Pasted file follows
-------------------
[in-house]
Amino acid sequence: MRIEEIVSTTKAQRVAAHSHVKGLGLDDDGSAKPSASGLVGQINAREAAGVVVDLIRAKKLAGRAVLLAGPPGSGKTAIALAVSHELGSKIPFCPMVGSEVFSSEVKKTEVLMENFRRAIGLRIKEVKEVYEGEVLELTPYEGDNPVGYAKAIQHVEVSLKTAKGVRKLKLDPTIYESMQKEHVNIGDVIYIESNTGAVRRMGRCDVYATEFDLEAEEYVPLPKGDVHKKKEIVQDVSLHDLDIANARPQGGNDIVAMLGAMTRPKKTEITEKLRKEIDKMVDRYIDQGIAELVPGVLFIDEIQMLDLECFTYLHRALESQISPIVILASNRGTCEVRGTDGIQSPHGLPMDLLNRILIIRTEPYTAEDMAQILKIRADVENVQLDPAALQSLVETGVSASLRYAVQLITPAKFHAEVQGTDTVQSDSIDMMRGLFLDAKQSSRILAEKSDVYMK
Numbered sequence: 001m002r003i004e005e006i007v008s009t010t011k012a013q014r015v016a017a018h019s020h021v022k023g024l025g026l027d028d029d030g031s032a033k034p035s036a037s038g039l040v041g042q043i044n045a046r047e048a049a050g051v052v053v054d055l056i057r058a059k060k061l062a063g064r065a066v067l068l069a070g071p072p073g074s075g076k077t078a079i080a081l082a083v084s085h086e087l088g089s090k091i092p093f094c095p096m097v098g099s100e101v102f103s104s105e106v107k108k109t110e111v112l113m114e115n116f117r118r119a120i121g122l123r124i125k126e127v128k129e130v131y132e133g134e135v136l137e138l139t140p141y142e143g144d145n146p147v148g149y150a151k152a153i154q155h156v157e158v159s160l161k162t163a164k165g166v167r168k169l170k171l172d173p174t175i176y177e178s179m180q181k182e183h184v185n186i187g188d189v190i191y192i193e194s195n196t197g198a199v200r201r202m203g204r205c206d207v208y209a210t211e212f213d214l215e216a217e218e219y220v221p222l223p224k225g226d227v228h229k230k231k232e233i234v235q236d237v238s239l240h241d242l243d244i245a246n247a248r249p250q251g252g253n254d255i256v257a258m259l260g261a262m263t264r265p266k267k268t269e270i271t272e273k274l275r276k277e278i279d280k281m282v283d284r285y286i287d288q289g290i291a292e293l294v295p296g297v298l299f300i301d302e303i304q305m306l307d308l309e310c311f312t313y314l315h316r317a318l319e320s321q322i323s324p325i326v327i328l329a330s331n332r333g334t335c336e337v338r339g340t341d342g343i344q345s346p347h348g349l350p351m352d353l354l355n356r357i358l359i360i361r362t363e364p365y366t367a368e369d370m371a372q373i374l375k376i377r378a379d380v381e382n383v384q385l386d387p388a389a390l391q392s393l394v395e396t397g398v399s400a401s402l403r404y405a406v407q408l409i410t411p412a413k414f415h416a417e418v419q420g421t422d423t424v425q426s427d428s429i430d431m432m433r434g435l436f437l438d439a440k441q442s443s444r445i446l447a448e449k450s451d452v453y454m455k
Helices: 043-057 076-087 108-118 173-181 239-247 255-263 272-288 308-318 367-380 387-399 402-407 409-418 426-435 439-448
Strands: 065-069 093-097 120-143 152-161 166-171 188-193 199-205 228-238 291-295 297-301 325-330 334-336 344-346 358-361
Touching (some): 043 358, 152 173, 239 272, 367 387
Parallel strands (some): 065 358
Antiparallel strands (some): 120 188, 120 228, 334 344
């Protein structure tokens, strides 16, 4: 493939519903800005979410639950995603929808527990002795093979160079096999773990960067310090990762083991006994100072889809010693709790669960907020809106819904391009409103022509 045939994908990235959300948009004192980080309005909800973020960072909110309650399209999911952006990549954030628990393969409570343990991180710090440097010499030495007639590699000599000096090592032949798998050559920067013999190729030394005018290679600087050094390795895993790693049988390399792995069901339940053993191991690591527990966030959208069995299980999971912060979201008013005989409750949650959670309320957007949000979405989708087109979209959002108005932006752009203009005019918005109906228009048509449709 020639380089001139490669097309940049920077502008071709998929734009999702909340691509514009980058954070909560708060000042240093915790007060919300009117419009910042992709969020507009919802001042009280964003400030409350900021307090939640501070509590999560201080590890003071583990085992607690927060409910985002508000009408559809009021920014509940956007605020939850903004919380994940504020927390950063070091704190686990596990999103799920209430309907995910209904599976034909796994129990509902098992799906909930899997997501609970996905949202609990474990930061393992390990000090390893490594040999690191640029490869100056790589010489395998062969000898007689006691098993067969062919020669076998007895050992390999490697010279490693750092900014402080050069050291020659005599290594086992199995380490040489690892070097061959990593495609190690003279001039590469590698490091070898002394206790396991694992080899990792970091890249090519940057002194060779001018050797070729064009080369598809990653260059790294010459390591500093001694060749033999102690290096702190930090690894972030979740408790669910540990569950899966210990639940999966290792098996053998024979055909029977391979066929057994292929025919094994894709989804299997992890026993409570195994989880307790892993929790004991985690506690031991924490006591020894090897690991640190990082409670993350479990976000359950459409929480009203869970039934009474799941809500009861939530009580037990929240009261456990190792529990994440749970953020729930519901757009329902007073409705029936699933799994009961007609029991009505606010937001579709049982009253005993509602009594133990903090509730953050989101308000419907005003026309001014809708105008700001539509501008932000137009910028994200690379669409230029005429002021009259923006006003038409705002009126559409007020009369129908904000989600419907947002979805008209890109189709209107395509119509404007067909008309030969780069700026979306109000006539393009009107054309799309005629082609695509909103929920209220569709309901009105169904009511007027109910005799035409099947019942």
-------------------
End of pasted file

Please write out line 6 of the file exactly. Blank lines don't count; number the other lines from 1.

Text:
Touching (some): 043 358, 152 173, 239 272, 367 387